• J. Otto Pohl

              My parents were married two years before I was born. My daughter was born four years before I finally managed to legalize my marriage with the ZAGs office on Sovetskaya.

              • Aimai

                I didn’t get married until 35, had my first child at 36, but I certainly wasn’t “irresponsible” during the earlier years. I worked, studied, and lived by myself. I fail to see what is irresponsible or juvenile about any of that. Adult life doesn’t begin with a mortgage and a fertilized egg.

                • J. Otto Pohl

                  No, but I am not referring to you, but rather myself. A mortgage is one thing that I will never be able to have due to my youthful irresponsiblity. I declared bankruptcy 14 years ago. I am sure there are lots of people responsible in their 20s. But, there are also I think a larger number of people like myself among my generation (X) then there were among my parents’ generation (silent).

                • DrDick

                  My mother was 29 when she married and I was born when she was 31. She was a teetotaler and fairly conventional.

                • Aimai

                  Yeah–no. Class issues, race issues. Every Generation included plenty of irresponsible men who abandoned the families they did have and took off. It also included women who had children before they wanted to because of the lack of availability of birth control. The ability to save up and gain access to assets and a comfortable, secure, living from which to support a family was an artifact of the post war years in the US and as that has declined thanks to the slow strangulation of the middle class people are no longer able to support families at a young age. This just has nothing to do with who is “irresponsible” and who is “responsible” it is largely structural.

                • DrDick

                  Aimai –

                  My grandmother (born 1904), who grew up poor and was from a poor family, had an aunt who had an illegitimate son and an older brother by an unspecified “previous marriage” (a common usage among women of the period who subsequently married and made themselves respectable).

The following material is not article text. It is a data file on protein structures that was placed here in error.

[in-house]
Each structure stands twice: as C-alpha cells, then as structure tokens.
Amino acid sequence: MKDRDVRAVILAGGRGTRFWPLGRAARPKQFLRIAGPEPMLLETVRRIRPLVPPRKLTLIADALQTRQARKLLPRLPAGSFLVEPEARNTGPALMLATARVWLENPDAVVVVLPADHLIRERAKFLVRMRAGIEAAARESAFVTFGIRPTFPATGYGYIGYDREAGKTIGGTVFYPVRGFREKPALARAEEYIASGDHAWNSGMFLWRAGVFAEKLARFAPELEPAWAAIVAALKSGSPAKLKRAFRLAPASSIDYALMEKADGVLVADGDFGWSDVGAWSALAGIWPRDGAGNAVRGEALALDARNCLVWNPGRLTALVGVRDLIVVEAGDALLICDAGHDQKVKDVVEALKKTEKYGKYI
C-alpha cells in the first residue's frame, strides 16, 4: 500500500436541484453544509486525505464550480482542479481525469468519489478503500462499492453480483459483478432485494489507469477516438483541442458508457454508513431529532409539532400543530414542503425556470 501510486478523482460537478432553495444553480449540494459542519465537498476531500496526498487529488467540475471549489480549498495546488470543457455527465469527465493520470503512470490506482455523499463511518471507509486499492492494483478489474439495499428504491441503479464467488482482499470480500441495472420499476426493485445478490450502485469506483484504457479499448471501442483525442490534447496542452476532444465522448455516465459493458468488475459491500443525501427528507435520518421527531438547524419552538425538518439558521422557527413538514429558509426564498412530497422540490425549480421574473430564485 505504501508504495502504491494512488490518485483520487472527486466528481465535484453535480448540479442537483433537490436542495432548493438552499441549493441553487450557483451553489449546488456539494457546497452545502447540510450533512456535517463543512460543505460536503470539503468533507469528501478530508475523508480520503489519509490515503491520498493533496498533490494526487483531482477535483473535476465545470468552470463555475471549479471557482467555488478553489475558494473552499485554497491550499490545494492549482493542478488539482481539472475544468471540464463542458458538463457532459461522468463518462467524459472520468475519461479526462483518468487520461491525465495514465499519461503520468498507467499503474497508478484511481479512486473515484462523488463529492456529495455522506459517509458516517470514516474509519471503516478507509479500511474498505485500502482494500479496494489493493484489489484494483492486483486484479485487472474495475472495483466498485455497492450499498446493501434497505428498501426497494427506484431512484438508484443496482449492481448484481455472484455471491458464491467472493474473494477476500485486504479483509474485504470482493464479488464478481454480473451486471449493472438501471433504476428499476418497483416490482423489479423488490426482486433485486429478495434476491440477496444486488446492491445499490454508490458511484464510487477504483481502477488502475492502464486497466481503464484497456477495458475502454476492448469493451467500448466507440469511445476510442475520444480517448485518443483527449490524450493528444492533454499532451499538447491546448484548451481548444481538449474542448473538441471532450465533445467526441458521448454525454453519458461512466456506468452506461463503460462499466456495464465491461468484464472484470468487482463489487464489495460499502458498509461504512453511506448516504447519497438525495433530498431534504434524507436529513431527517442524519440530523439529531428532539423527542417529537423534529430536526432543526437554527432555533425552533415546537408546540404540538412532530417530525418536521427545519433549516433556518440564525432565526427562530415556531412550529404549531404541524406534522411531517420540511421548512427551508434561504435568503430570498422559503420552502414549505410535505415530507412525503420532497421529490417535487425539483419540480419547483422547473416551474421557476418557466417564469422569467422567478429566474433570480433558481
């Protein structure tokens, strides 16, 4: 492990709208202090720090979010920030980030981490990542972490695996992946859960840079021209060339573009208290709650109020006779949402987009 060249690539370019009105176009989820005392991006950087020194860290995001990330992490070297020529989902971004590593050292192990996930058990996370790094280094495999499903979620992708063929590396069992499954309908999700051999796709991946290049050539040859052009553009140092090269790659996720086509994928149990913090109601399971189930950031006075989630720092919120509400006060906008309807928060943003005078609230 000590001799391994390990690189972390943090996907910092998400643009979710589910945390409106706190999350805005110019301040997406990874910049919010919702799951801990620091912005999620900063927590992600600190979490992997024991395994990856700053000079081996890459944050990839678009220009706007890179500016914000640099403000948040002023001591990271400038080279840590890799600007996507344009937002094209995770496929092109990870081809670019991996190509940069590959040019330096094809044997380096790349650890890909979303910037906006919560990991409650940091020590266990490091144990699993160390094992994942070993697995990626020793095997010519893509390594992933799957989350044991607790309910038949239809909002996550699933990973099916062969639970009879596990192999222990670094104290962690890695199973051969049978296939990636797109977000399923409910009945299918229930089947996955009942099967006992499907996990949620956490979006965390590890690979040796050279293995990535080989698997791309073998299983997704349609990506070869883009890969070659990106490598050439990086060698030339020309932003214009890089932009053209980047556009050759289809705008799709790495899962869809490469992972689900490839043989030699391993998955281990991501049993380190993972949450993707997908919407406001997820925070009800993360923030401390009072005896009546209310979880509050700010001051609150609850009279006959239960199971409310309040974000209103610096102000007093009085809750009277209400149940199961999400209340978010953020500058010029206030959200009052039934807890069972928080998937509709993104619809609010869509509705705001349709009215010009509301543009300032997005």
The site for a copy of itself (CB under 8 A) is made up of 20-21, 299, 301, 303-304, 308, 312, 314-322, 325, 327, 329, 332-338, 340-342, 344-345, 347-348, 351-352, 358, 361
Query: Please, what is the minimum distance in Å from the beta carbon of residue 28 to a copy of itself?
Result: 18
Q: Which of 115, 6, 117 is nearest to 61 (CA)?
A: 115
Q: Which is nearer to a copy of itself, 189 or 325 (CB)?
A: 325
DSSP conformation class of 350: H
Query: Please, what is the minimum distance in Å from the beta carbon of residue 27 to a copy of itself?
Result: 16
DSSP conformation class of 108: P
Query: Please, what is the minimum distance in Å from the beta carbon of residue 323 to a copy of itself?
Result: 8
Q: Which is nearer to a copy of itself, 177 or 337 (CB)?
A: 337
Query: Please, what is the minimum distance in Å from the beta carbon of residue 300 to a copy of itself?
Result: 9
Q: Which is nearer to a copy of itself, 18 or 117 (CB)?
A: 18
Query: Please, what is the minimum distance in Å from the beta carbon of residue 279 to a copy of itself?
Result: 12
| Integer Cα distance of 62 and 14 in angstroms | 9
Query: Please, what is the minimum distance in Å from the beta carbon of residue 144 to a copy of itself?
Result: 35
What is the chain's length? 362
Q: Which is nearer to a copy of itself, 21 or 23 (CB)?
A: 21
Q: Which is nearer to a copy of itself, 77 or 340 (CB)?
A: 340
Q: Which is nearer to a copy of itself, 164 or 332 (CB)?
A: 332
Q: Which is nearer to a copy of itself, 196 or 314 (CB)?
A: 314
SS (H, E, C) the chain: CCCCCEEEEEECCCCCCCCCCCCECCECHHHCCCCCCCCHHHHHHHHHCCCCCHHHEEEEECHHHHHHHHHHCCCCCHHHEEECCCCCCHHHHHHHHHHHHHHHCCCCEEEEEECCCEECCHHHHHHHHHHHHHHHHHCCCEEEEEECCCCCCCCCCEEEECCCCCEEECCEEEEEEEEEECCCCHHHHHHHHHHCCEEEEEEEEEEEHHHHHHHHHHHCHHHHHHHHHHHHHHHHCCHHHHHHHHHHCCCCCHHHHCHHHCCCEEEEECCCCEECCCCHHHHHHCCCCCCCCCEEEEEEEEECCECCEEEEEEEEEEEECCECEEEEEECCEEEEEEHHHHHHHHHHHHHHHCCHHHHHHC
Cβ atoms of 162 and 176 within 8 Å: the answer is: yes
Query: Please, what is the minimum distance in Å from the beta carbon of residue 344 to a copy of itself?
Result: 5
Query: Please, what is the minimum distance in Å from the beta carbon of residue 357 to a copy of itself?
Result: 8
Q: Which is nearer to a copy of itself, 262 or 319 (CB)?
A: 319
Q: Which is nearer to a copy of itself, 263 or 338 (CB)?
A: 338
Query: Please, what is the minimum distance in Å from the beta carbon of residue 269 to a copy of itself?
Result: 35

• PSP

                J Otto

                FYI. A bankruptcy 14 years ago won’t even appear on your credit report anymore. If you come back and can’t get a mortgage, that isn’t the reason.

                • J. Otto Pohl

                  Nothing else will show up on my credit report either since I have taken out zero debt since then. I have not even had a credit card.

          • efgoldman

            Looking back it seems like I spent a big chunk of my 20s being irresponsible. Whereas my parents did not.

            Jotto, I’m pretty sure you’re considerably younger than I. I’m a barely pre-boomer (1945). For my cohort and the boomers, the formative years of our parents’ lives were the Great Depression and WW2. Of course they were forced to assume adult responsibilities earlier in life. Hardly a mystery.

            • Vance Maverick

              Thus, by the principles of Donner Party conservatism, doth misery inculcate virtue. Kids these days have it too easy, etc.

              I wouldn’t harp on this except that there’s a grain of truth to it. But the misery, of course, also and more seriously brings misery.

        • DrDick

          Average age at marriage in early Puritan New England was 30 for men and 25 for women.

          • Aimai

            Right–I was thinking about that. I believe that in the 17th century delayed marriage for people without property was the norm.

            • DrDick

              Exactly. The men had to wait until their fathers retired and they could inherit the farm to support a wife.

            • Warren Terra

              Until recent times it was common in many places for the wedding only to take place once the husband could afford to support a wife – and the wife in question was often a decade or two younger than the husband. All very transactional.

          • Ann Outhouse

            I believe similar figures were true for Good Catholic Ireland well into the 20th century. Unable to find link to data, however.